32 They came to a place named Gethsemane; and He said to His disciples, “Sit here until I have prayed.” 33 And He took with Him Peter and James and John, and began to be very distressed and troubled. 34 And He said to them, “My soul is deeply grieved to the point of death; remain here and keep watch.” 35 And He went a little beyond them, and fell to the ground and began to pray that if it were possible, the hour might pass Him by. 36 And He was saying, “Abba! Father! All things are possible for You; remove this cup from Me; yet not what I will, but what You will.” 37 And He came and found them sleeping, and said to Peter, “Simon, are you asleep? Could you not keep watch for one hour? 38 “Keep watching and praying that you may not come into temptation; the spirit is willing, but the flesh is weak.” 39 Again He went away and prayed, saying the same words. 40 And again He came and found them sleeping, for their eyes were very heavy; and they did not know what to answer Him. 41 And He came the third time, and said to them, “Are you still sleeping and resting? It is enough; the hour has come; behold, the Son of Man is being betrayed into the hands of sinners. 42 “Get up, let us be going; behold, the one who betrays Me is at hand!”
“The spirit is willing but the flesh is weak.” Many of us have heard this phrase in Christian circles regarding our weakness in the flesh, but do we recall this whole story and the example Jesus demonstrates for us? We see in His human form, He struggled just like the rest of us did. His soul was deeply troubled. He wanted to be relieved of the pressure He was feeling. He understood the desire to want to give up the fight and to not persevere in the faith. He also demonstrated for us how to surrender.
When Jesus says, “not what I will, but what You will,” Jesus was surrendering His human thinking and desires to God the Father. This is the strength of the spirit. Jesus desired above all else to serve the Father and although He recognized His weak flesh warring against that will, He recognized that the most important thing was God’s will. Yet, He also knew that in the flesh, He couldn’t fully comply with God’s will because the flesh is weak. This is why He needed to submit to the Father, because in His own humanity, He knew He would run away. We must do the same.
When Jesus was exhorting His disciples, He was experiencing the same problems they were. He told them what they needed to do to strengthen themselves but they were disobedient. They didn’t surrender themselves to God, they gave in to their fleshly desires. Simon Peter, the spiritual warrior of the group, wasn’t even able to remain faithful during this time. Jesus exhorted him, “Seriously? You couldn’t stay awake for one hour?” Jesus’ seemingly harsh words revealed the exact nature of the flesh. We give up too easily on our own. Jesus wanted them to stay vigilant in prayer not just so they could stay awake, but also to pray along with Him. This is why He took His three closest friends to pray along with Him. The “keep watch” order from Jesus we often mistake for keeping watch to make sure the Roman guards wouldn’t come and seize Him. If we understand the context, however, we know that Jesus was in fact expecting them to come. The “watch” wasn’t a physical guard; it was a spiritual one. Jesus needed some one-on-one time with His Heavenly Father. He wanted them to make sure they did not fall under temptation. What temptation? Falling asleep. How is this a temptation? Is sleeping a sin? No, but giving in to the flesh is.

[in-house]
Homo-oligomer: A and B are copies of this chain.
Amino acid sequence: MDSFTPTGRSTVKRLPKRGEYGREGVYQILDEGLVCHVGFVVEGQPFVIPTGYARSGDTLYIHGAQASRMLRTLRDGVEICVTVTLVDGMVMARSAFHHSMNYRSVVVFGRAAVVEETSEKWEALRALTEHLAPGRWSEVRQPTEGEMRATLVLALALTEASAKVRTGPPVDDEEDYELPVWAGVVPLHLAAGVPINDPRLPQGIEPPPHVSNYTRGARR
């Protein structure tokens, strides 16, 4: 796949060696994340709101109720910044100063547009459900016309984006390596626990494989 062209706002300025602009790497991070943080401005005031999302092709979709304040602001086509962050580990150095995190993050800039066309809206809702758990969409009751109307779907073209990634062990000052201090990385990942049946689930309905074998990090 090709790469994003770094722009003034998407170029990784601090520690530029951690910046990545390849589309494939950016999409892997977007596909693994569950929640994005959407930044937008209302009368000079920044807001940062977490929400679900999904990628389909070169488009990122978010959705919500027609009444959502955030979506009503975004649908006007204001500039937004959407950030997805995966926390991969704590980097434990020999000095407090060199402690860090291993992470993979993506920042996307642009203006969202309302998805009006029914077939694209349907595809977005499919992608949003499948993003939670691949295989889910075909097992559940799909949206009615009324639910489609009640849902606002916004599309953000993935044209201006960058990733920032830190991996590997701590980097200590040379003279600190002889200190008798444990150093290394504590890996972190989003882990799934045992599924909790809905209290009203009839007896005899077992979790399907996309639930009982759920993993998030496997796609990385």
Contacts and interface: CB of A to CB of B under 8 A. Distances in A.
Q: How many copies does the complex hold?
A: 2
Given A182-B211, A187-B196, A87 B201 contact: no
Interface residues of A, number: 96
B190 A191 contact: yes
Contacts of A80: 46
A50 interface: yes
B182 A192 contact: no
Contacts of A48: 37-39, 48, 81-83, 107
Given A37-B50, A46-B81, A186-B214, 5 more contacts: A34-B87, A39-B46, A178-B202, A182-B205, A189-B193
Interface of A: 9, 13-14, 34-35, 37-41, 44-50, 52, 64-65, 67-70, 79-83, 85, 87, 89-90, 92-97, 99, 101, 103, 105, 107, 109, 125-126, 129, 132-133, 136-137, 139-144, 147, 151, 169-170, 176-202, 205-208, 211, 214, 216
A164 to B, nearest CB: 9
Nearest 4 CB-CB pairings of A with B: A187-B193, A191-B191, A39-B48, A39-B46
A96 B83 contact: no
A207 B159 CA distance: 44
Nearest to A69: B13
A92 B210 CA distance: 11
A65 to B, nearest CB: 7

Maybe this is why the disciples fell away and scattered during the time of Jesus’ persecution. They were not prepared for battle. In wartime, there is always a period of preparation. Before heading out to battle or even going overseas for a deployment, each soldier has his own personal time of mental and spiritual preparation. Some sit in solitude, others listen to their favorite CD while packing, while some write letters to their families. Jesus was preparing for battle while the disciples were napping. He was disappointed in their lack of vigilance and preparedness.
Are you prepared for your spiritual battle today? Are you remaining vigilant and keeping watch? Or have you fallen asleep at your post? In Ephesians 6, the Apostle Paul reminds us that we are constantly in a spiritual battle:
10 Finally, be strong in the Lord and in the strength of His might. 11 Put on the full armor of God, so that you will be able to stand firm against the schemes of the devil. 12 For our struggle is not against flesh and blood, but against the rulers, against the powers, against the world forces of this darkness, against the spiritual forces of wickedness in the heavenly places. 13 Therefore, take up the full armor of God, so that you will be able to resist in the evil day, and having done everything, to stand firm.
If we rely on God, we will be able to stand firm. If we rely on our flesh, we will fall asleep and be taken prisoner while we sleep.